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Trump heads to Senate lunch with Obamacare stabilization package in limbo. As President Trump heads to Capitol Hill to lunch with Republican senators, much of Washington will be eager to find out whether the feud with retiring Sen. Bob Corker, R-Tenn., which Trump reignited Tuesday morning on Twitter, explodes in person. But for the healthcare policy world, the bigger question will be whether Trump and Republicans will get on the same page about what to do about Obamacare. Though Sen. Lamar Alexander has negotiated a bipartisan agreement that would pay out cost sharing reduction subsidies to Obamacare insurers, Trump has said he cannot support it unless Democrats are willing to make more changes to provide Americans with relief from Obamacare. And without his support, Senate Majority Leader Mitch McConnell, R-Ky., has indicated he will not bring up the bill for a vote, regardless of whether it has the support to pass.
Ron Johnson working with White House on Obamacare fix. The Wisconsin Republican senator said Tuesday he is working with the White House as well as House and Senate lawmakers to make changes to a bipartisan Obamacare stabilization bill. Both Trump and House Republicans are opposed to a Senate bill that would fund Obamacare insurer payments for two years in exchange for flexibility to states to waive the law's insurance regulations. Johnson said Tuesday that bill wouldn't mean much if it all it could do is pass the Senate. "I am trying to show we can actually pass this in the House," he said Tuesday during a meeting with the Washington Examiner. "It doesn't do a whole lot of good to pass this in the Senate." But Johnson added that he is getting resistance from Democrats to any of his changes. Democratic leaders in the Senate have called for McConnell to bring the bill to the floor for a vote because it has 60 votes. "The problem is they have that bipartisan agreement now," Johnson said. "They will cling to that until we can show them an alternative."
House, Senate committee leaders reach own deal. The leaders of the Senate Finance and House Ways and Means committees put out a framework for their own agreement to fund CSRs for two years. The deal would delay enforcement of the individual and employer mandate and expand health savings accounts.
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Iowa pulls Obamacare waiver, calling law 'inflexible' and 'unworkable.' Iowa Gov. Kim Reynolds said Monday that state officials were officially withdrawing a waiver to overhaul Obamacare in the state, blaming the outcome on the healthcare law's lack of flexibility. Reynolds, a Republican, said she was "extremely disappointed" about the result, calling Obamacare "unworkable" for what Iowa health officials proposed. "We need Congress to repeal and replace," she said, noting that the waiver process, known as the 1332 or innovation waiver, was too inflexible to meet their request. The pathway to approval for the waiver was always uncertain because Iowa did not follow specific requirements through Obamacare. Doug Ommen, Iowa's health insurance commissioner, acknowledged that Iowa's approach was different from other states. President Trump reportedly told the Department of Health and Human Services to halt the Iowa waiver, after the state worked for months with top officials. Ommen and Reynolds did not blame the Trump administration for the result, but thanked officials, saying that Obamacare was the problem. The waiver would restructure Obamacare's tax credits available to people in the exchange, making a single, standard plan available to every eligible customer, instead of tiered levels, and would have a flat credit to help anyone who enrolls pay for his or her premiums, based on age and income. Under the plan, Iowa also would create a reinsurance program, which would take funding from federal tax credits for premiums and cost-sharing reduction subsidies that go to out-of-pocket costs, and put the money toward the claims of more costly enrollees. Minnesota-based Medica is the only insurer that has committed to selling plans on the exchange in Iowa, but Wellmark Blue Cross Blue Shield had said it would return if the short-term solution were approved.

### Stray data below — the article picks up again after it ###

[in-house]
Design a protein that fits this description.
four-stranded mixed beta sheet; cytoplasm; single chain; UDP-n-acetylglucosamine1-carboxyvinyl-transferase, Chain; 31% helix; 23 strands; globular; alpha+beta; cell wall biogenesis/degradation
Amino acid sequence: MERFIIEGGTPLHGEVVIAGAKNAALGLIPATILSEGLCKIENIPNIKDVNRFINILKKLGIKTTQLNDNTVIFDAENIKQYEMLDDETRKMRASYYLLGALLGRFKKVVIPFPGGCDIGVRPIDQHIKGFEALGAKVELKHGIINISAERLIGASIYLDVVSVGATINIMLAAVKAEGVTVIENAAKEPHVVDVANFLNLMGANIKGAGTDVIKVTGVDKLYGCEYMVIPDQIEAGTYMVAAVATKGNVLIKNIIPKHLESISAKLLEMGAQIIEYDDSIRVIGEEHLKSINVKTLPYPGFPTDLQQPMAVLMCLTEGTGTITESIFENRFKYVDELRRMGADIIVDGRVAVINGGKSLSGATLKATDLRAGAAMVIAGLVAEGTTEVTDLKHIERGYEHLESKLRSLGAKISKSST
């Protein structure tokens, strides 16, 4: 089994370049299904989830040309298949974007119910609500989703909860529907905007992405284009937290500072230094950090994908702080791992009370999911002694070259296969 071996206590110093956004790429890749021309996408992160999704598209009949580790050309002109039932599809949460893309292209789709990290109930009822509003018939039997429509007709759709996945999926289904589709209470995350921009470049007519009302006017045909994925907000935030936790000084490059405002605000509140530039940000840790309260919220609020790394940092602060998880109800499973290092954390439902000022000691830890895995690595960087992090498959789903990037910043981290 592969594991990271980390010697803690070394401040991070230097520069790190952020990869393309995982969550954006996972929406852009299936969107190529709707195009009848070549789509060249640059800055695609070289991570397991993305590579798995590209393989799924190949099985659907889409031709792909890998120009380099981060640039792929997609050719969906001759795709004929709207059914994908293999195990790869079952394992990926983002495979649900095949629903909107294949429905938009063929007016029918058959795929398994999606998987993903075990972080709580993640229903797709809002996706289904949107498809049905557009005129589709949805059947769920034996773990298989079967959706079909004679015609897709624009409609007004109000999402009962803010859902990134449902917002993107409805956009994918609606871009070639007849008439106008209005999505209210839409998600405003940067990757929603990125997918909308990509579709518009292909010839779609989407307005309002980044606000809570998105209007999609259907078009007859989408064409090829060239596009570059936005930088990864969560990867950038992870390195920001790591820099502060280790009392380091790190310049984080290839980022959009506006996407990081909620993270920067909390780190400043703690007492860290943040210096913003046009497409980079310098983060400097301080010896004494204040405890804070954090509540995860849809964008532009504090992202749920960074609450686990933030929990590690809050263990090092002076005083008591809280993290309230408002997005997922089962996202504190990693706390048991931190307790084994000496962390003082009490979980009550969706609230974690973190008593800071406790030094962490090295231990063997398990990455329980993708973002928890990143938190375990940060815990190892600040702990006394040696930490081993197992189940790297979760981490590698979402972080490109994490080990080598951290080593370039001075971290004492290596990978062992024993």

Lamar Alexander: Iowa is example of restrictions of Obamacare. “Iowa’s decision is further evidence that the Affordable Care Act is too restrictive to allow states to help people who need to buy insurance,” Senate Health, Education, Labor and Pensions Committee Chairman Lamar Alexander said after the Iowa announcement. “The so-called guardrails have become road blocks. The Alexander-Murray bipartisan legislation – co-sponsored by Senator Grassley and Senator Ernst – would allow the Secretary of Health and Human Services to approve Iowa’s waiver as originally submitted.”